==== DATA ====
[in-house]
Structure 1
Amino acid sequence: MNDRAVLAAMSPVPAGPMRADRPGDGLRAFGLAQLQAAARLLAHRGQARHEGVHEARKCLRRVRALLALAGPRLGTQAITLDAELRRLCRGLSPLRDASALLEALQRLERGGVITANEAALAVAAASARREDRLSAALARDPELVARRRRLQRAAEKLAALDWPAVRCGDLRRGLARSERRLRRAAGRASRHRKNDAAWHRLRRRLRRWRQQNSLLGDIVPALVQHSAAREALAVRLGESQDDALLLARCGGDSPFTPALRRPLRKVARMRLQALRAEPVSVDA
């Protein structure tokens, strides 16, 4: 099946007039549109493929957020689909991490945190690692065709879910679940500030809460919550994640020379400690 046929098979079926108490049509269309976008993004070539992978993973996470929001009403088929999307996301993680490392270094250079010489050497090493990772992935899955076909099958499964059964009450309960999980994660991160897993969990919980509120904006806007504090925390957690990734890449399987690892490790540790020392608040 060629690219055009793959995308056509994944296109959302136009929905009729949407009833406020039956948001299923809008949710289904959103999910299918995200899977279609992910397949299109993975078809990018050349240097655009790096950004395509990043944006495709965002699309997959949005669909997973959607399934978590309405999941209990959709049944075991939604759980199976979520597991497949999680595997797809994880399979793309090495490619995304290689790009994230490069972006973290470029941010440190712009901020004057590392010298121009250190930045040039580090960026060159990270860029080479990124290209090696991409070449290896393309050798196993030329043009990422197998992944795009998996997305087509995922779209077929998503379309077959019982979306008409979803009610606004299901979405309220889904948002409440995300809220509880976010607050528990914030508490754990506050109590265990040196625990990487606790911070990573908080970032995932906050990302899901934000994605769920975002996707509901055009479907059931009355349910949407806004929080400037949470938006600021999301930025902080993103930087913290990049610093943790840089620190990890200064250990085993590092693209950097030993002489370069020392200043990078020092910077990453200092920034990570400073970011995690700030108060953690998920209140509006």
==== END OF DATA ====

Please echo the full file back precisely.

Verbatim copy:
[in-house]
Structure 1
Amino acid sequence: MNDRAVLAAMSPVPAGPMRADRPGDGLRAFGLAQLQAAARLLAHRGQARHEGVHEARKCLRRVRALLALAGPRLGTQAITLDAELRRLCRGLSPLRDASALLEALQRLERGGVITANEAALAVAAASARREDRLSAALARDPELVARRRRLQRAAEKLAALDWPAVRCGDLRRGLARSERRLRRAAGRASRHRKNDAAWHRLRRRLRRWRQQNSLLGDIVPALVQHSAAREALAVRLGESQDDALLLARCGGDSPFTPALRRPLRKVARMRLQALRAEPVSVDA
């Protein structure tokens, strides 16, 4: 099946007039549109493929957020689909991490945190690692065709879910679940500030809460919550994640020379400690 046929098979079926108490049509269309976008993004070539992978993973996470929001009403088929999307996301993680490392270094250079010489050497090493990772992935899955076909099958499964059964009450309960999980994660991160897993969990919980509120904006806007504090925390957690990734890449399987690892490790540790020392608040 060629690219055009793959995308056509994944296109959302136009929905009729949407009833406020039956948001299923809008949710289904959103999910299918995200899977279609992910397949299109993975078809990018050349240097655009790096950004395509990043944006495709965002699309997959949005669909997973959607399934978590309405999941209990959709049944075991939604759980199976979520597991497949999680595997797809994880399979793309090495490619995304290689790009994230490069972006973290470029941010440190712009901020004057590392010298121009250190930045040039580090960026060159990270860029080479990124290209090696991409070449290896393309050798196993030329043009990422197998992944795009998996997305087509995922779209077929998503379309077959019982979306008409979803009610606004299901979405309220889904948002409440995300809220509880976010607050528990914030508490754990506050109590265990040196625990990487606790911070990573908080970032995932906050990302899901934000994605769920975002996707509901055009479907059931009355349910949407806004929080400037949470938006600021999301930025902080993103930087913290990049610093943790840089620190990890200064250990085993590092693209950097030993002489370069020392200043990078020092910077990453200092920034990570400073970011995690700030108060953690998920209140509006």